Breast milk is multi-purpose.
A doula friend and mother of three (you know who you are!) offered her generous presence and experienced advice (and delicious food!) to our family in the post-partum days. For every baby question, her response was uniform: Breast milk! Baby acne? Breast milk! Cradle cap? Breast milk! Diaper rash? Breast milk. The solution for world peace?…Just might be breast milk, too!
In spite of all the benefits for baby, there are selfish reasons to breastfeed too. If you want to get back into your pre-maternity wardrobe, a healthy diet and generous nursing is the way to go! Especially working moms who find little time to exercise, should at least make the time to pump. Not only will your baby benefit but you will too!
Air the baby out!
Lil’ Z was born in an Omani winter, which isn’t freezing but can get chilly. She was perpetually bundled from head to toe, shrouded from any molecule of oxygen reaching her body. Hats, socks, onesies, coveralls, and swaddled in a blanket- it took us six weeks to discover her birthmark! We would bathe her quickly because each bath made her bawl and then wrap her up once again. Even Lil’ Z started to resent our misguided diligence and would wiggle her arms free from her perpetual swaddle! A little bit of air and free motion does a baby good, especially for diaper changes. If you can get in the habit of letting your little one air dry after diaper changes, you can circumvent a lot of diaper rash woes. No one wants an accident but a little air will do that tender, little bum tremendous good. Also, air out those armpits and toes because they can get cheesy!
Water is all you need.
Don’t bog down your baby’s pores with a lot of baby soap or shampoo. Diaper changes can be done with a warm, wet washcloth. Baby wipes are not necessary. A weekly bath for a newborn is just for a refreshing rinse, not to scrub away dirt or filth. Thorough diaper changes are a must but the bath is moreso for protocol than actual cleaning. After the post-birth gooey-ness is properly washed off your baby, the first few weeks of bathing and hair washing are just for maintenance. Their hygiene needs are not yet like our own.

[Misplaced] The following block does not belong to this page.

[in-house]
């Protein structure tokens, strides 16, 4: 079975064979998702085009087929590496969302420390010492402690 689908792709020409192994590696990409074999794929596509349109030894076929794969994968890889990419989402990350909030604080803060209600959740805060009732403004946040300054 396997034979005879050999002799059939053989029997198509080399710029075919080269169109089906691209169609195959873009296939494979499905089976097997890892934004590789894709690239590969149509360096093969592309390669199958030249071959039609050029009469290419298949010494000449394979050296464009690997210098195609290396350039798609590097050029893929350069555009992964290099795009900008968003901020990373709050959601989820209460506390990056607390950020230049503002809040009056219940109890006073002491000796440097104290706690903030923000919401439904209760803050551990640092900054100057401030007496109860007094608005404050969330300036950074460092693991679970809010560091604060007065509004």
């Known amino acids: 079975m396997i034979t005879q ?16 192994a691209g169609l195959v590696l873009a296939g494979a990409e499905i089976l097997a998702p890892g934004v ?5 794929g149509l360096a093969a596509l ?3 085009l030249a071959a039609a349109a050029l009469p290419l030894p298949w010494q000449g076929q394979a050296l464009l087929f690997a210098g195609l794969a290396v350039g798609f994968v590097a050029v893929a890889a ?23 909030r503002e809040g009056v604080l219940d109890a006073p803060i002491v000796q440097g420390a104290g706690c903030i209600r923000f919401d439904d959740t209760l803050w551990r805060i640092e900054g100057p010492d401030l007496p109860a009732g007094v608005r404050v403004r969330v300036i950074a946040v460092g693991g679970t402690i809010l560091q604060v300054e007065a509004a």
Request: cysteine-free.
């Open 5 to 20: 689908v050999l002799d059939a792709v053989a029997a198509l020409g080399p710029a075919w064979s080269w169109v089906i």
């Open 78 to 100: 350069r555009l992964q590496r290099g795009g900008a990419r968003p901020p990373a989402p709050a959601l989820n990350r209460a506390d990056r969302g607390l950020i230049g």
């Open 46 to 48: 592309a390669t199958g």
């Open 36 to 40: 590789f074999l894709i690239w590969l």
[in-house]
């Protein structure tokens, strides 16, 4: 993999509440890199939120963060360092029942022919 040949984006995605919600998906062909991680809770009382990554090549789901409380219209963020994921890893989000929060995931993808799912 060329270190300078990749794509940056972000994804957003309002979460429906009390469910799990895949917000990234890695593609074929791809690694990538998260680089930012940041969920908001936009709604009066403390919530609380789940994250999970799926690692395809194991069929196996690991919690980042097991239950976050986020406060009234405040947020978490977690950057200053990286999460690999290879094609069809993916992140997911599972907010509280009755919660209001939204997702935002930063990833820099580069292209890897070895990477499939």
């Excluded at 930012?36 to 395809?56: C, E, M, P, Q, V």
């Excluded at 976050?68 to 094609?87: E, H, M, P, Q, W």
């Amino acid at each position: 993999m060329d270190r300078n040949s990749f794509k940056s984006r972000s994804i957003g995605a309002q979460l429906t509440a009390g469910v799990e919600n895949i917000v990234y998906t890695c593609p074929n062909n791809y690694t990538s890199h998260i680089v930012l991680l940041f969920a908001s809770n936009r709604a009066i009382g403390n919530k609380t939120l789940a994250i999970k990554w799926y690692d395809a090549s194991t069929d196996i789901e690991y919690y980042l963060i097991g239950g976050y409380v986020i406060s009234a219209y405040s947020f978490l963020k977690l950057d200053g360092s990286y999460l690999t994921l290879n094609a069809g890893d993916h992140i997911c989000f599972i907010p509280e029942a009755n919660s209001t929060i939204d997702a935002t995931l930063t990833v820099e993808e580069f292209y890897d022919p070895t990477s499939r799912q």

Entertain your visitors in leisure.
When I visit Omani women post-partum, there’s a spread of refreshments, a baby in a bassinet, and a mama in bed! She’ll sit up briefly to greet you, pass you the baby to hold, and lie back down glowing from all that yummy, extended family care and support. I was too shy to lie in front of my visitors but I was kidding myself, trying to be polite and sitting very uncomfortably for too-long visits. Either limit your visits or get comfy with your guests.
Warning: Their may be inconsolable crying!
In our parenting, we took the “attachment” route and kept Lil’ Z very close and nurtured. It was quite noticeable and apparent to us and others that Lil’ Z didn’t cry much because she really didn’t need to. We made ourselves readily available via co-sleeping, babywearing, etc. But, in spite of all of the attachment and loving care, there were a handful of times when Lil’ Z would wail inconsolably. It’s frightening and frustrating when your baby refuses to nurse and all of your comfort measures seem to fail. Sometimes it made me cry too!
On the rare occasions that this would happen, I would take a deep breath and try to keep calm. I would look for apparent signs of pain or discomfort- writhing, yelling when certain body parts are touched, tugging and rubbing a particular area, passing wind, warm body parts, sweating, shivering, etc. I would also check to see if there were any constrictions or annoyances caused by her clothing and if Lil’ Z’s elimination habits were normal. Amidst my examination and Lil’ Z’s persistent refusal to nurse, I would talk to her in a soothing, gentle voice saying: “What’s wrong, sweetheart? I want to help you. I don’t know what’s wrong. I love you sooo much.” I would say silent prayers and hold her close until she settled down, drifted to sleep, or accepted an offer to nurse. Once this wailing fiasco occured while Lil’ Z was home alone with Urbndervish. He called in a panic and by the time I reached home about ten minutes later, she had cried herself to sleep. We’ll never really know what happened or why she cried so. She’s a human being, albeit a little one, and can experience the complexity of emotions that others feel. What’s important is that we love her through what she’s experiencing and assure her that we are here. As she grows older, I’m sure that there will be problems that we can’t fix and heartaches that we can’t mend but we hope that our foundation of faith, love, and compassion will allow her to sail steadily through whatever she faces in the journey of her life.
What do you wish someone would’ve told you before your first birth?